Of course, we don't know which attempts didn't work. The book is a paean to the Israeli mind, and sometimes reads that way. Take the phrase "economic miracle." Even discounting the possibility that the authors truly had divine intervention in mind, the use of this phrase suggests that Senor and Singer are not unbiased. In any event, the authors, the former a U.S.-based expert on foreign relations and private equity, and the latter an editor and columnist for The Jerusalem Post who lives in Israel, don't claim to have produced an objective study of the Israeli entrepreneurial spirit. Theirs is an emotional, adulatory descrip-tion that can on occasion detract from the importance of the book's message. Which is: Given that Israel started as a battle-torn sandpit studded with mosquito-infested swamps in the aftermath of World War II, its economic achievements are truly extraordinary.
True, Israel was never a desert wasteland. The "miracle" didn't start from scratch. Teva Pharmaceutical Industries, for instance, today the biggest generic drug manufacturer in the world, has been around since 1901, though then it was called Salomon, Levin and Elstein and was a wholesale distributor. Food manufacturer Osem was founded in 1942, as a marketing company, six years before the State of Israel. There was legal infrastructure in place, inherited from the previous masters of the region -- Turkey and England. Still, these facts do not detract from the remarkable nature of Israel's "fiftyfold economic growth within sixty years," and its rise to technology powerdom.
Never say die
Israel's circumstances may be unique, yet other countries, even corporations, can gain much from its story.
As demonstrated by data presented in the book's introduction, the country has the most non-American companies listed on New York's Nasdaq exchange. Venture capital investment per capita is among the highest in the world. Israeli engineers, claim the authors, saved Intel (yes, that one ) from oblivion by thinking outside the box and ingeniuously and tenaciously bucking authority at the giant chipmaker to insist that their ideas be heard: No, speed was not paramount -- efficiency was, they insisted. Intel management was in thrall to ever-faster clock speed but that metric was obsolete, the Israelis adamantly insisted. The Intel chieftains "were ready to strangle the Israeli team, according to some of those on the end of Intel Israel's 'pestering,'" which was "tantamount to trying to tell Tiffany's that carat size does not matter." Good thing for them, and for Intel, that they prevailed.
Multinationals the world over comb Israel for ideas, talent or whole companies to acquire. How did this happen?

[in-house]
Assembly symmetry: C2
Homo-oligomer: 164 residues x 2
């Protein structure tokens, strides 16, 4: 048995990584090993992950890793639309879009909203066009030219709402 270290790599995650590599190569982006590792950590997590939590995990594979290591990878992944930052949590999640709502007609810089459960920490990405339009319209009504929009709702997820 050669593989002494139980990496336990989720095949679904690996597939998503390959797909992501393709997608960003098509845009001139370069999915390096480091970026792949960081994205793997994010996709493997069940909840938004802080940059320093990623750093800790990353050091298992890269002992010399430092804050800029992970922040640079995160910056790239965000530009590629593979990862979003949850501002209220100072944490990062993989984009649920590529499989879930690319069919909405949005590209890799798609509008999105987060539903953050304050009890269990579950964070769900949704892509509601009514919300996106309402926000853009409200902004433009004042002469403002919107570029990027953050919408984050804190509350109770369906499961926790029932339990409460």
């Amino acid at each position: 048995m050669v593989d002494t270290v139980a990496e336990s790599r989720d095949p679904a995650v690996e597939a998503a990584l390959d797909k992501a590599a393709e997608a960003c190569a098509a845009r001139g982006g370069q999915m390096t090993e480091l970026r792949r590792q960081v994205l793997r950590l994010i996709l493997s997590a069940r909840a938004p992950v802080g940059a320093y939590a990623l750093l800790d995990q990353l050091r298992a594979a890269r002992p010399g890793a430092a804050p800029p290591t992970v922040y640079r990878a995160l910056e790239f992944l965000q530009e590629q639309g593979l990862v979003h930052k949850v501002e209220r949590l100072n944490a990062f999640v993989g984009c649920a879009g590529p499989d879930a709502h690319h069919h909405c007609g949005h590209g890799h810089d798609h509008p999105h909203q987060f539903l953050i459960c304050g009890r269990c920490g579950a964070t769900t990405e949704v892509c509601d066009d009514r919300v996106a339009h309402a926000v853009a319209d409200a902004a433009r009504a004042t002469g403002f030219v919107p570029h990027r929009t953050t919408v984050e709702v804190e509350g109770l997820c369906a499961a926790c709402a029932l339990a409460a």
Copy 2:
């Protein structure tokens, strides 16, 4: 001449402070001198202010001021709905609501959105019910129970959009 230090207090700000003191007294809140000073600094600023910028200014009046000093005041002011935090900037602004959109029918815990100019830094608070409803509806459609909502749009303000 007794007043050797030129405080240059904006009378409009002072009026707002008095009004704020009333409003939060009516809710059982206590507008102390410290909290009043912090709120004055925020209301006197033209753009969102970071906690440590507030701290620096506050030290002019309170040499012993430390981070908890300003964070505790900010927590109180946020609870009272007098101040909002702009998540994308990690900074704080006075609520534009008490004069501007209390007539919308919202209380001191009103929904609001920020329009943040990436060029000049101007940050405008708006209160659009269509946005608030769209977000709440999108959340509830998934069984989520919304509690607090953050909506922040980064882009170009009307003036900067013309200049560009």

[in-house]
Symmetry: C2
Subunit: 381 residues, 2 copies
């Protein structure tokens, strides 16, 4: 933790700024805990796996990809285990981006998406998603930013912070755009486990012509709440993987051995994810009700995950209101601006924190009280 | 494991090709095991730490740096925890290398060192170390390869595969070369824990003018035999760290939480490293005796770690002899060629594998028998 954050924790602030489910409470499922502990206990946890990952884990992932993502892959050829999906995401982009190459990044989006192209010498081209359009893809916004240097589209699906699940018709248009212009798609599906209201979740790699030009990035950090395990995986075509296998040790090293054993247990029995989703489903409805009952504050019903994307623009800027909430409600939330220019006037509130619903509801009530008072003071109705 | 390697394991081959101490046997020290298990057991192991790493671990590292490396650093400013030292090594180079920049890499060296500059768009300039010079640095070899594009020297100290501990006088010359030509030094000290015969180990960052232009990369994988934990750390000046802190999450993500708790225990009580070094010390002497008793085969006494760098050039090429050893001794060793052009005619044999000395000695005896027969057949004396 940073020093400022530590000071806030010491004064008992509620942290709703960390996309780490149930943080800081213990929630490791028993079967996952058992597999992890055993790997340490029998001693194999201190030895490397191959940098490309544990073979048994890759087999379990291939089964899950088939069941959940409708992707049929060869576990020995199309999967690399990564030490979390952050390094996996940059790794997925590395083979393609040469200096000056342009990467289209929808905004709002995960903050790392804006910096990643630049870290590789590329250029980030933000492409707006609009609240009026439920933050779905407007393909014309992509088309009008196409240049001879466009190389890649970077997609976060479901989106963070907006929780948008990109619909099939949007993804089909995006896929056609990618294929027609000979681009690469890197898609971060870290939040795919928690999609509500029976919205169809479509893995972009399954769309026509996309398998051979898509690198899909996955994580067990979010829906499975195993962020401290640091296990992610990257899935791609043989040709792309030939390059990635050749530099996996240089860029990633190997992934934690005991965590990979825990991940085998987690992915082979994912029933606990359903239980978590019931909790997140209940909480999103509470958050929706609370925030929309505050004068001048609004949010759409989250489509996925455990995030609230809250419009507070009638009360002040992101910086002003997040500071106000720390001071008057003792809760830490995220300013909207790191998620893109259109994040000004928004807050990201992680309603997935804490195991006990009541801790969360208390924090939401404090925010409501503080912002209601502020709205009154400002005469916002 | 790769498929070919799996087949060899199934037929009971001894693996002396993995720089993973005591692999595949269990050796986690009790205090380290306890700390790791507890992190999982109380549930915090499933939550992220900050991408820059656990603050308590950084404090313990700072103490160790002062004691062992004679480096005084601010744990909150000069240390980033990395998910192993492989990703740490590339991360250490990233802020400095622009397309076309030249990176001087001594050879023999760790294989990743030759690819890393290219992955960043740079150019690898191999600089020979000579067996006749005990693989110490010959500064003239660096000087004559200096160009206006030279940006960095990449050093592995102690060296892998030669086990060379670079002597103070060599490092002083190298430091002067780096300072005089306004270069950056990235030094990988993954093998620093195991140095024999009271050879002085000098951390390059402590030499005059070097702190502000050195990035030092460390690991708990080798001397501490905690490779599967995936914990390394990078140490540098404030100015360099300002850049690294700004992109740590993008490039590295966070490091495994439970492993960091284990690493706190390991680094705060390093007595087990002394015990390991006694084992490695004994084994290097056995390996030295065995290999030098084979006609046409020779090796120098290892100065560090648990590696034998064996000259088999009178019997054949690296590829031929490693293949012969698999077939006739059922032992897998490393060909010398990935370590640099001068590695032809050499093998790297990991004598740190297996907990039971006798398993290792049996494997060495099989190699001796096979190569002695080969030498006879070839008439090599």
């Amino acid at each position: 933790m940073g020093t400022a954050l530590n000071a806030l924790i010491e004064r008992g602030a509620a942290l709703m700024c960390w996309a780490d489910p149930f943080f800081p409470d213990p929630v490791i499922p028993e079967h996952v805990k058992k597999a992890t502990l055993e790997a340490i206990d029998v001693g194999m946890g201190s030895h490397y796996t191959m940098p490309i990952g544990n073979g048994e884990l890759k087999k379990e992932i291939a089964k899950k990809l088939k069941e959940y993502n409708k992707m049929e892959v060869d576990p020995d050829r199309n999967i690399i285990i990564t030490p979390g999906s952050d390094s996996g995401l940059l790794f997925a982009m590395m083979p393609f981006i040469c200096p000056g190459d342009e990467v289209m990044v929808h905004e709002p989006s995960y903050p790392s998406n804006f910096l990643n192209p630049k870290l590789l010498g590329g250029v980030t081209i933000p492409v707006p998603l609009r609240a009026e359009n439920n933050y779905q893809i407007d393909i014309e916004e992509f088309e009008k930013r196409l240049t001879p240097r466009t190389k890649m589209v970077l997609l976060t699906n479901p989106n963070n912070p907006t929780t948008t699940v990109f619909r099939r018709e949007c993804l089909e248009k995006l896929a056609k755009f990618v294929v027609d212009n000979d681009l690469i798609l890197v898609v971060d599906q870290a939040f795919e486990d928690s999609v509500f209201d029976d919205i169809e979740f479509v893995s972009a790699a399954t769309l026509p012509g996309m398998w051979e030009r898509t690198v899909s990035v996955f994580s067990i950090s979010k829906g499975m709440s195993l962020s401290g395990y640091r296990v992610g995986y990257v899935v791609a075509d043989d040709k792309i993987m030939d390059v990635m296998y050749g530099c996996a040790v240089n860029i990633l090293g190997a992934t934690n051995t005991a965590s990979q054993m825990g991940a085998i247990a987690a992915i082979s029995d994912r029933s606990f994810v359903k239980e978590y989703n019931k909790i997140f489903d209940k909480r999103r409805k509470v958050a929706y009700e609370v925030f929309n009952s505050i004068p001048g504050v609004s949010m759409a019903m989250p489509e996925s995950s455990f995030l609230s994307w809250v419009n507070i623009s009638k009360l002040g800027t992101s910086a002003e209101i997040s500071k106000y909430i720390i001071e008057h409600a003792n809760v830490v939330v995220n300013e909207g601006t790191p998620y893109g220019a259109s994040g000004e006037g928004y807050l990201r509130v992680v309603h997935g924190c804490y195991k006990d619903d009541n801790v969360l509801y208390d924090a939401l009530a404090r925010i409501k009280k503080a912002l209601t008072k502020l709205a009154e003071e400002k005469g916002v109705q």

The "untold story" of Israel's economic accomplishments actually has been told not a few times, mainly in the country's daily papers. Senor and Singer's unique contribution is to tie together the myriad stories of Israel: Take a young nation born in bloodshed, add a melting pot of nationalities and ethnicities, mix in the Jewish cultural aspiration to excel in one's profession, and an army that is light on officers but heavy on grunts who need to do the thinking for themselves (or die ). Toss in a healthy dose of audacity, an indefatigable willingness to hurl oneself into the maelstrom time and again, contempt for the trappings of hierarchy -- and presto. What we receive is a unique combination of factors that, combined with sound science, birthed an "economic miracle": From a base of almost no natural resources and an economy ravaged by one war after another, Israel created a flourishing, booming sector producing one breakthrough technology after another.
It is intuitively understandable that "a nation of immigrants is a nation of entrepreneurs," as prime ministerial adviser Gidi Grinstein, founder of the Reut Institute, is quoted saying. It is also intuitively obvious that people who overcame and still face tremendous odds will develop the kind of grit needed to succeed -- witness the tale of Intel Israel's Dov Frohman, orphaned in Europe by World War II, who plugs the "counter-narrative" about war-torn Israel: When the missiles are falling, it keeps on truckin', even if the kids have to come to the workplace because schools are closed, resulting in shared "kindergarten duty."
But who knew that an innate inability to stiffen to unblinking attention when your commander enters the room and a tendency to call generals by nicknames was so important too? Informality in the army and afterwards in society may lead "underlings" to challenge authority -- and to challenge ingrained ideas that may bear close examination or, possibly, eradication, explain Singer and Senor.
The authors magnificently and amusingly describe the extraordinary contribution of the Israeli military culture, which not only allows but relies on critique, including from the lower ranks. The culture of savaging theories, plans and programs is deeply ingrained in the Israeli army, where inquiries have also been known to be held in the middle of war, rather than only at its end (or never ), in order to better the result. When the demobbed soldiers move on into civilian life, explain the authors, they take with them that heightened sense of responsibility and right -- nay, duty -- to analyze and criticize, which they learned (of all places ) in the army.
The army is also described at length as a font of technological excellence because of the training suitable soldiers receive, in exchange for extended terms of service. Singer and Senor talk at length about the elite intelligence unit 8200, whose graduates have access to their own jobs portal on the Internet where they can network and look for work, and Talpiot, a unit in which training is so extensive that if you join, you have to stay in the army for nine years.